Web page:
We highly recommend using Logback as an SLF4J binding (logging implementation).

From the Logback documentation

Logback is intended as a successor to the popular Log4J project, picking up where Log4J leaves off.

Logback’s architecture is sufficiently generic so as to apply under different circumstances. At present time, logback is divided into three modules, logback-core, logback-classic and logback-access.

See Logback’s documentation on reasons to switch from Log4j.

If you choose to use Logback, just include a jar dependency on ch.qos.logback:logback-classic.

E.g., with sbt:

"ch.qos.logback" % "logback-classic" % VERSION

Where, VERSION represents the version of Logback you want to use.

Similarly, with Maven:


This will provide the logback-classic SLF4J implementation. And when used in addition to the logging bridges provided transitively through the finatra/inject-slf4j module will configure your SLF4J logging implementation and correctly bridge all other legacy APIs.


To configure dynamic changing log levels with TwitterServer, be sure to also include a dependency on the TwitterServer Logback library.

With sbt:

"com.twitter" % "twitter-server-logback-classic" % VERSION

See the TwitterServer documentation for more information on configuration for dynamically changing log levels.

Logback Configuration

See the Logback documentation on configuration for detailed information on configuring Logback logging.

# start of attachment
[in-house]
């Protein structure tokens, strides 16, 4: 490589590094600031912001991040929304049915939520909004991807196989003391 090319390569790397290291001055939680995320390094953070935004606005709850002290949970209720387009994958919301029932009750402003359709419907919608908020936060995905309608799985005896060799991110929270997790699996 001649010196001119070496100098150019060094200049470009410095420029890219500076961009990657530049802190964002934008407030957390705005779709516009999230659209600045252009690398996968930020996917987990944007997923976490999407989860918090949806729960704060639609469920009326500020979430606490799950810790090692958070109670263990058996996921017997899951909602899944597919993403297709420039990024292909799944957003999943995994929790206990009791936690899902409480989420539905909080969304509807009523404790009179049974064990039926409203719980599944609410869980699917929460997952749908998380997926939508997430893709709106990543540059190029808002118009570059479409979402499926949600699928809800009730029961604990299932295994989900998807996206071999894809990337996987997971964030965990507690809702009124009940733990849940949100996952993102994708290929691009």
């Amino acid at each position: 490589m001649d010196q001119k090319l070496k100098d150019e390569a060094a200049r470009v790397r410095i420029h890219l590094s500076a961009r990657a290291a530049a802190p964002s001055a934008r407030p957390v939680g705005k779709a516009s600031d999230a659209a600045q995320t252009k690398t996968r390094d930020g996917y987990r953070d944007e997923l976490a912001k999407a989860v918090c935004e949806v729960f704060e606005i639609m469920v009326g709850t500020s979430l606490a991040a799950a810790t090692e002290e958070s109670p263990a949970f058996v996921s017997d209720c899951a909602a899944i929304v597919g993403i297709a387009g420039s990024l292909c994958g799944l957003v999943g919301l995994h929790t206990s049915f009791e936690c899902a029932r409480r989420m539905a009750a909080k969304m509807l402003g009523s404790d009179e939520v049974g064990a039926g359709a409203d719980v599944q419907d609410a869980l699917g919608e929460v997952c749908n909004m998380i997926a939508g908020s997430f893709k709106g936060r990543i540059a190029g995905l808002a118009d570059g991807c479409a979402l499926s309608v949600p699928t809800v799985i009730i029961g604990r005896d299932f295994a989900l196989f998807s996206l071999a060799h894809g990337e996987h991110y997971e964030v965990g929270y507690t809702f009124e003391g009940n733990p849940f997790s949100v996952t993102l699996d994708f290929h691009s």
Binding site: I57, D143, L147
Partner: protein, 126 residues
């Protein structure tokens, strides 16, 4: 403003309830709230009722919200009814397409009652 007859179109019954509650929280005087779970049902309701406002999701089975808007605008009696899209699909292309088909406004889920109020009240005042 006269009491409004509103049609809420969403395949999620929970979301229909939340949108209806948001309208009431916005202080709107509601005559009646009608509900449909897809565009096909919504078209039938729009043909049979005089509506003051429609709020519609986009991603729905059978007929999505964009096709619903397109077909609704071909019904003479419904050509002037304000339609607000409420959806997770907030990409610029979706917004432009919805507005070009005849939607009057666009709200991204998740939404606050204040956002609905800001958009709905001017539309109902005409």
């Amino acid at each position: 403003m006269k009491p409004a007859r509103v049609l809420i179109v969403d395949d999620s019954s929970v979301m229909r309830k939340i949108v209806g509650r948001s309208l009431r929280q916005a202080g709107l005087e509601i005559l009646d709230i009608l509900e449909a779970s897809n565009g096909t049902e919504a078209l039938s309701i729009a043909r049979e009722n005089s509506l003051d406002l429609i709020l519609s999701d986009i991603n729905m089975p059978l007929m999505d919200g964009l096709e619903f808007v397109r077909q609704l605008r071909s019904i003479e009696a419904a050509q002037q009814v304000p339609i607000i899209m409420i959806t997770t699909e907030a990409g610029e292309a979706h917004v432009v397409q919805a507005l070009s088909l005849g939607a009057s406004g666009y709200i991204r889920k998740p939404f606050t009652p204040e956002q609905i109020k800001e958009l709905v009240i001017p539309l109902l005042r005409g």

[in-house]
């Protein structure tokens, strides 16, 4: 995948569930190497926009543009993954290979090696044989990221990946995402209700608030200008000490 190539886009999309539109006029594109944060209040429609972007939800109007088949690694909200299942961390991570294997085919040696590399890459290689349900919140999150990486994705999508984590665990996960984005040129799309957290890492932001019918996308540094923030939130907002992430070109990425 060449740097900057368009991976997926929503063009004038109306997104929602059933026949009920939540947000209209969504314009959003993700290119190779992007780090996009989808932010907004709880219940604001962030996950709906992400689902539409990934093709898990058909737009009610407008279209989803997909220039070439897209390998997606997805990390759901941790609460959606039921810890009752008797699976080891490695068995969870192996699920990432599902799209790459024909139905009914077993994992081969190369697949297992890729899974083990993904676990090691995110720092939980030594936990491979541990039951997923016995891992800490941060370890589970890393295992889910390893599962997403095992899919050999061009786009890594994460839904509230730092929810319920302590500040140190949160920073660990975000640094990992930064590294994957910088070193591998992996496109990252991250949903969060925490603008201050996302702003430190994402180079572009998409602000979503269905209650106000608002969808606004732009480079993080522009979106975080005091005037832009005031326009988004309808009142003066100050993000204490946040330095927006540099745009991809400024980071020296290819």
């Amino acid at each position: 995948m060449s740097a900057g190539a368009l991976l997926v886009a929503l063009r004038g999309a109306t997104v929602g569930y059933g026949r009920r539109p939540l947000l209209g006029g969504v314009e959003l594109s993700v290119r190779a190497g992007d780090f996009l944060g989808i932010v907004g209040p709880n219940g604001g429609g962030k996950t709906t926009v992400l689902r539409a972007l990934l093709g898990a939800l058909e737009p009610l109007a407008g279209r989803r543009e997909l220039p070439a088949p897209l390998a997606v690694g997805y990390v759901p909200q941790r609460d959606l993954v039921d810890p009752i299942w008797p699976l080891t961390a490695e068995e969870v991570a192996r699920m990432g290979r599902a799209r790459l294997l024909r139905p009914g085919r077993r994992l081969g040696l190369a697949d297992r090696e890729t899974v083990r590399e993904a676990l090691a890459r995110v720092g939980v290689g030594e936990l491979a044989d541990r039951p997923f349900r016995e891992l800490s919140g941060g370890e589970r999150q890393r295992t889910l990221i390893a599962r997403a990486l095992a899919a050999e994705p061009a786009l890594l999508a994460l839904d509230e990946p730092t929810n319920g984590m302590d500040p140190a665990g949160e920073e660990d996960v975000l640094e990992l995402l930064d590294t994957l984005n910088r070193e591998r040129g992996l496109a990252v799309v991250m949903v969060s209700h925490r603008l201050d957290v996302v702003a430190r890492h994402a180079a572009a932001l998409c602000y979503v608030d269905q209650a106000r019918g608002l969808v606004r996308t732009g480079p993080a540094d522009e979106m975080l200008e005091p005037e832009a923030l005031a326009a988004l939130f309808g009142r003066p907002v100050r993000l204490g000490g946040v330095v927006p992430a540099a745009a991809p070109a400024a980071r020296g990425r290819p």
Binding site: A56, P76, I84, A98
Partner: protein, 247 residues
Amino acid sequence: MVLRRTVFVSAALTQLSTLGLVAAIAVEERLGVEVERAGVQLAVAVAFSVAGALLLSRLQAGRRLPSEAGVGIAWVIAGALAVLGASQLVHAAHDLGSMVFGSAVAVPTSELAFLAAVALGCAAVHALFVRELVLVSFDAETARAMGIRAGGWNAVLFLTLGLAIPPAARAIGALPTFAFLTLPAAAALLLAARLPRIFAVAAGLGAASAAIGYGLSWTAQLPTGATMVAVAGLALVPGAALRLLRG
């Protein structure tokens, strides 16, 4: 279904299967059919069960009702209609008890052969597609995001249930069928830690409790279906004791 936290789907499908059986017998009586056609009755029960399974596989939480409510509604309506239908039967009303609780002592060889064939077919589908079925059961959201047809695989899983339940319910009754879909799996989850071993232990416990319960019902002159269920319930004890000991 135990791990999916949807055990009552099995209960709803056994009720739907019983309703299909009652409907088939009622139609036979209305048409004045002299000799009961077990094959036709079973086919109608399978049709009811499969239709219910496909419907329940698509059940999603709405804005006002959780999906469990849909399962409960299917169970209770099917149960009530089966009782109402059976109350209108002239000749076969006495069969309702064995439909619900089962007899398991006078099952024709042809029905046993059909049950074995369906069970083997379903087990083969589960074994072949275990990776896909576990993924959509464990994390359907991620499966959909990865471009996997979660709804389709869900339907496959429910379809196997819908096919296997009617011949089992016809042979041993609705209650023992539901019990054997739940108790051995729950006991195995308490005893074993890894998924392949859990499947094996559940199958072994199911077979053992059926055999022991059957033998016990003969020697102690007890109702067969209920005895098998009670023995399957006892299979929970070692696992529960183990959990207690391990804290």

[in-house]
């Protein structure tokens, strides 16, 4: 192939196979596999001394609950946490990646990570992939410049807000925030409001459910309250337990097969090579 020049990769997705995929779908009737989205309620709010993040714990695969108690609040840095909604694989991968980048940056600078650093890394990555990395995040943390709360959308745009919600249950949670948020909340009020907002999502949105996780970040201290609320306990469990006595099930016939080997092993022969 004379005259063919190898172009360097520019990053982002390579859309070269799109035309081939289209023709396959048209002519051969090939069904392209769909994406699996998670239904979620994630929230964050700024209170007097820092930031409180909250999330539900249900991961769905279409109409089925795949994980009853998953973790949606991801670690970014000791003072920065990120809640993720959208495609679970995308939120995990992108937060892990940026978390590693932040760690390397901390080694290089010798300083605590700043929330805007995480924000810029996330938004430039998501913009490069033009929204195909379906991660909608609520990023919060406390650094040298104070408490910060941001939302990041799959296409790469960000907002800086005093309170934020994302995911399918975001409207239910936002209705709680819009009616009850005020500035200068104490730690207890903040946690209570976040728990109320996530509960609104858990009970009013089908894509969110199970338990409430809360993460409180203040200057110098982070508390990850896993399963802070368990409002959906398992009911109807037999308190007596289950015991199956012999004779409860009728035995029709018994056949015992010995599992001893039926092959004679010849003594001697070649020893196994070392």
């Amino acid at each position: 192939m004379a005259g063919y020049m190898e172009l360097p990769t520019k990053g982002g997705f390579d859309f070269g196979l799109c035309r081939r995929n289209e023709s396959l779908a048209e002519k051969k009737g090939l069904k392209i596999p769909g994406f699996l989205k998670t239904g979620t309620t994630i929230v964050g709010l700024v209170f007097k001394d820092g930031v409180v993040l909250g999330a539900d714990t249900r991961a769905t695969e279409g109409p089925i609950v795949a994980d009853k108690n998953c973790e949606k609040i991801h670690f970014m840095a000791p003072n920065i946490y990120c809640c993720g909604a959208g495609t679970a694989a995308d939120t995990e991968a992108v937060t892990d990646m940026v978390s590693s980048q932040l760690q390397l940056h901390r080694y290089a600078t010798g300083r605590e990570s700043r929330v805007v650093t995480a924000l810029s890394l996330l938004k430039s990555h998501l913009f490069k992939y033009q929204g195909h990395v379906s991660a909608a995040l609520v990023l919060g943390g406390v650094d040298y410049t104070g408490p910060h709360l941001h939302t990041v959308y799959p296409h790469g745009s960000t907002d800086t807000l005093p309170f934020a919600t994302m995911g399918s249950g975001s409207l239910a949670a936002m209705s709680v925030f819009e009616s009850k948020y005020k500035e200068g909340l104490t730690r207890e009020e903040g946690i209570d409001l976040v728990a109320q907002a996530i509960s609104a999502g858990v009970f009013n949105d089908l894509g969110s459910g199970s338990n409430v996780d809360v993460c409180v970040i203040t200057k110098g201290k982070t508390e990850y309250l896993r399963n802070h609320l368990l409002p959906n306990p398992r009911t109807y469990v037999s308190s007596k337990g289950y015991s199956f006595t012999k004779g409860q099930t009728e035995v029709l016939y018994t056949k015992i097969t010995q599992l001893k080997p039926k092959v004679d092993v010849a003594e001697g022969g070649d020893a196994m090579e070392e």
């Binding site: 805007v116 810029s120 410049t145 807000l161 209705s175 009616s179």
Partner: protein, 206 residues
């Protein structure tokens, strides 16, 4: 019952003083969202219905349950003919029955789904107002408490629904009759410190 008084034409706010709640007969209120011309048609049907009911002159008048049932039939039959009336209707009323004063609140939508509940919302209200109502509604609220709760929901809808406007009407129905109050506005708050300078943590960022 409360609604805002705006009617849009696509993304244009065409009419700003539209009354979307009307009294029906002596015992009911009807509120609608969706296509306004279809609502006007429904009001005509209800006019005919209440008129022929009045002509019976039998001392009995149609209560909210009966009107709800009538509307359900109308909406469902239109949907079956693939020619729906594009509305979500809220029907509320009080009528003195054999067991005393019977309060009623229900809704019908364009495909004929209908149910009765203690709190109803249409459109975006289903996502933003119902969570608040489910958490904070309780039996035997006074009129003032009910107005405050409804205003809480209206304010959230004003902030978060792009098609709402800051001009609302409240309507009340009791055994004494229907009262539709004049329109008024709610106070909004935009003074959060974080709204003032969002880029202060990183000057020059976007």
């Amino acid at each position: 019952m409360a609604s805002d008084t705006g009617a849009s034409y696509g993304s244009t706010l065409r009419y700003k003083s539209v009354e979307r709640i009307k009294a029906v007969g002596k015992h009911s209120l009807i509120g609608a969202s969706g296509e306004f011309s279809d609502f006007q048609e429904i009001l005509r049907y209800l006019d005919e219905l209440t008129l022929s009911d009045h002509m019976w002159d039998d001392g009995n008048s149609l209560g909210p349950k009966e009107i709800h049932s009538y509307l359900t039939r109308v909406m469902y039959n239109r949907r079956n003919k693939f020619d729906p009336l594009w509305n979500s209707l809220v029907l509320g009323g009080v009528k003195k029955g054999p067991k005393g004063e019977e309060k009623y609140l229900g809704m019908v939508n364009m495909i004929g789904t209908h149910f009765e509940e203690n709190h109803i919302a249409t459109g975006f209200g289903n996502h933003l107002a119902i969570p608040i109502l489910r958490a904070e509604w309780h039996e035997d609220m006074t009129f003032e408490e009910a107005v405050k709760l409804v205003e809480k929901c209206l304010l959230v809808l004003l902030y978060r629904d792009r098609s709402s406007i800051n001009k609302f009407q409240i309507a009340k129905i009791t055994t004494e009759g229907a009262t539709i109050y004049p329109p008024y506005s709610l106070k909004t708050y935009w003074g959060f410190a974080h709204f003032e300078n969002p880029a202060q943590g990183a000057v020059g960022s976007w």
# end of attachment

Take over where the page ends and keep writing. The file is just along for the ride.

See the logback.xml configuration file in the http-server example project for example Logback configurations.

The example logback.xml configuration file makes use of Logback’s variable substitution


for configuring the <file/> output of the appenders. A variable’s value is specified at runtime as a Java system property, e.g.,


If a value is not provided the inlined default will be used, i.e., what is on the other side of the :-, e.g., access.log or service.log.

More information about Logback’s variable substitution may be found here.

Rerouting java.util.logging

Additional configuration is necessary to reroute the java.util.logging system. The reason is that the jul-to-slf4j bridge cannot replace classes in the java.util.logging package to do the redirection statically as it does for the other bridge implementations. Instead, it has to register a handler on the root logger and listen for logging statements like any other handler. It will then redirect those logging statements appropriately. This redirection is accomplished via SLF4J’s SLF4JBridgeHandler [documentation].

The util/util-slf4j-jul-bridge library provides a utility (and a mixin which applies the utility in the class constructor) which will attempt installation of the SLF4JBridgeHandler if it does not detect classes from slf4j-jdk14 on the classpath.

This utility is already mixed into c.t.server.TwitterServer and Finatra’s c.t.inject.app.App and thus JUL bridging to the SLF4J-API will be attempted automatically for extensions of those traits/classes.